College Bubble Bursting—Left Hardest Hit

College Bubble Bursting—Left Hardest Hit. By Lance Welton.

But universities, even the hard sciences, have now been debauched by anti-science Social Justice Warriors … At the same time, universities have lost their monopoly on knowledge storage, general education provision, and specialized training for high salary professions. And they just cost too much. They’re done.

John Derbyshire has pointed out that in Medieval England the monasteries were similarly all-powerful as knowledge repositories, book-producers, even homes of proto-science. And they were similarly expensive—the Reformation was in some ways a tax revolt. But a combination of competition (from the printing-press and from nascent universities) and politics (they opposed Henry VIII’s establishment of the Church of England) led to their dissolution in 1536.

So the monastic bubble burst. Now it’s time for the university bubble to burst too.

[The left] demand that more “minority” or poorer pupils be allowed into “elite universities.” They fail to understand that, if this happens, “elite people” will just send their children to university somewhere else and the original university will cease to be regarded as “elite.”

They insist that more and more dropouts enter “higher education” in order to “earn more money.” But they fail to understand that this simply results in the dumbing down of higher education, the bachelor’s degree having far less value as employers lose faith in its value.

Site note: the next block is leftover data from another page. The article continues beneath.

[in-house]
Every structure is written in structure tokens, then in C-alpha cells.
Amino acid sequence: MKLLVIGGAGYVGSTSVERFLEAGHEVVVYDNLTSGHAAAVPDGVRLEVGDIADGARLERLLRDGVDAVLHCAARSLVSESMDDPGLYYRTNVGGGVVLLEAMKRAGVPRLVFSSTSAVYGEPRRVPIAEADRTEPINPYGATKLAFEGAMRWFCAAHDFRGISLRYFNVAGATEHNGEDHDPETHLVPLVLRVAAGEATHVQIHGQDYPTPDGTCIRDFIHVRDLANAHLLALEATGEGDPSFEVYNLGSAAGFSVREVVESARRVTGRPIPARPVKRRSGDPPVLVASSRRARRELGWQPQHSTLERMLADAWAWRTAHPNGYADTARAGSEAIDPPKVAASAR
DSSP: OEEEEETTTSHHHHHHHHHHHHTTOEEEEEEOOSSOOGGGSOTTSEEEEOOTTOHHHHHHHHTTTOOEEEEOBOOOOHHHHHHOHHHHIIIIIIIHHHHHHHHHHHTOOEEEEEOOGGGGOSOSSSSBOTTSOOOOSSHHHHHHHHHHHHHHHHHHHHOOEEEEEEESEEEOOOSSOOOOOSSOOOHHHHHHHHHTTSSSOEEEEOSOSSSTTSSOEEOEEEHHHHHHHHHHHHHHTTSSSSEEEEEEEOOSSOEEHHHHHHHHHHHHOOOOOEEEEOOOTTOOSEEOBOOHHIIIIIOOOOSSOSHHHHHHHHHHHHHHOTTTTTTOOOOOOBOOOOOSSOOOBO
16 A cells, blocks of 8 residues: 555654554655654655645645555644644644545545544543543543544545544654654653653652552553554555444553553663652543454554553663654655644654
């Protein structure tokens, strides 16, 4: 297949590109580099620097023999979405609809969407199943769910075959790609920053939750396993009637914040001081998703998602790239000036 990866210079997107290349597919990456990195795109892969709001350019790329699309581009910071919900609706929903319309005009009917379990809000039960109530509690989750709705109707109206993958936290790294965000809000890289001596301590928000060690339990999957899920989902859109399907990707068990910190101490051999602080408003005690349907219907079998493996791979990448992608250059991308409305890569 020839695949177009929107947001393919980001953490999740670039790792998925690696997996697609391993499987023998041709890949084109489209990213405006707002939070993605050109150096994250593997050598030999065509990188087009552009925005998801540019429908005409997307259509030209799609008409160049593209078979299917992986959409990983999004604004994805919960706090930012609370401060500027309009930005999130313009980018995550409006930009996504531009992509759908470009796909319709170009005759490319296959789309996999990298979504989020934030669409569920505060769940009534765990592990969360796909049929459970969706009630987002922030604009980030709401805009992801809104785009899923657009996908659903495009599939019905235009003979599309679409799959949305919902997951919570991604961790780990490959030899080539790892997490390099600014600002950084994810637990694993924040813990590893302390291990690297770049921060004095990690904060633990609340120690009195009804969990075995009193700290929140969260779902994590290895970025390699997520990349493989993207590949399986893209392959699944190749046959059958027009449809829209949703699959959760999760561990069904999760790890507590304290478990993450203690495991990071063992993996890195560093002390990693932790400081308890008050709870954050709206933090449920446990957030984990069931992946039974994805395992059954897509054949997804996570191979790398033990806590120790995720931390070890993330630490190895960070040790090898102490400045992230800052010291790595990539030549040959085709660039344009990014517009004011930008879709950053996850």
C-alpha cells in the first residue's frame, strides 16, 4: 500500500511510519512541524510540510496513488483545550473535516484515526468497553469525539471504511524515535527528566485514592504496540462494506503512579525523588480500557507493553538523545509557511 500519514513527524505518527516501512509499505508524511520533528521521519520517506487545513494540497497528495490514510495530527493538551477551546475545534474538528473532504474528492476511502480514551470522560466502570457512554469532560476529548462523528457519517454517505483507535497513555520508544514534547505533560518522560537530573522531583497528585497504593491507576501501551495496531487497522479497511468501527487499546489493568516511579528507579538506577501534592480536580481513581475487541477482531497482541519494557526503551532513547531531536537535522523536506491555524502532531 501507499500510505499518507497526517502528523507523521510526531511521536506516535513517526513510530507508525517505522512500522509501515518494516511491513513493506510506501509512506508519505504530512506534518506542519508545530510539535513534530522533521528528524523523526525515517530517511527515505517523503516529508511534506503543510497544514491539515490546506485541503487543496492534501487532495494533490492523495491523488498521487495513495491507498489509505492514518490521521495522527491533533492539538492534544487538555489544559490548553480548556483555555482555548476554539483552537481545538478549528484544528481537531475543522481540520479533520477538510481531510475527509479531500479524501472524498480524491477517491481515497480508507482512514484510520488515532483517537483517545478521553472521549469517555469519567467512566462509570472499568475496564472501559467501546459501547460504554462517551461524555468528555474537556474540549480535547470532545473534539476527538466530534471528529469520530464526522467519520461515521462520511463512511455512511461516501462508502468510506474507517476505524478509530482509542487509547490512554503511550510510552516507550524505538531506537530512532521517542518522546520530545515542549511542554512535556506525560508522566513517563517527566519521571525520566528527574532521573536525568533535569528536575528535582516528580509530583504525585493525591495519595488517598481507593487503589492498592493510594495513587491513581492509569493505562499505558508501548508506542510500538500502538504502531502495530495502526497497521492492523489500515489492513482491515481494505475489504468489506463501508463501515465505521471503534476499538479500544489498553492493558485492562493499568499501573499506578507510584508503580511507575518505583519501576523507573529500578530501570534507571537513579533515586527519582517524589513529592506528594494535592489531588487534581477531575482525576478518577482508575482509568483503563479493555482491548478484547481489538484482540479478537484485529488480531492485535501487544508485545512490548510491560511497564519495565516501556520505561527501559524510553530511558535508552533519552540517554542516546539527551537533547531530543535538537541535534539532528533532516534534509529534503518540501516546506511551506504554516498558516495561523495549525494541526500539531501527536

The proportion of the university-age students attending universities has risen from, for example, 13% in Britain in 1991 to 50% today, meaning that the degree is nowhere close to gold standard it once was. …

There is evidence that universities, especially for Humanities students, are turning into very expensive day care centers. Young people seem to be growing more slowly. Those born circa 1998 … see university not, in part, as a rite of passage through which you “leave home,” but as an extension of “home.” …

Universities have been taken over by the Left. In Britain in 1964, 55% of academics were “Left wing.” This has now risen to 80%, even higher in Humanities subjects. But half of the British public identify as “right wing” compared to less than 12% of academics—despite roughly half of the most intelligent 5% of the population being “right wing.”

As a result, the public perception is that that academics are biased, their research is not to be trusted, and they shouldn’t be funded by taxpayer money or be permitted charity status. In 2006, 41% of Americans had “a lot of confidence in higher education.” But by 2017 this was down to 14%.

“Academic mobbing”—in which fanatical Leftist academics destroy colleagues whose research challenges Leftist dogmas—inevitably further undermines confidence. …

This also means that universities can be regarded as the ideological enemies of conservative governments. Eventually such governments might begin to ask — apart, that is, from their stupidity and cowardice — why not simply abolish universities’ tax breaks and partial public funding and let them sink or swim?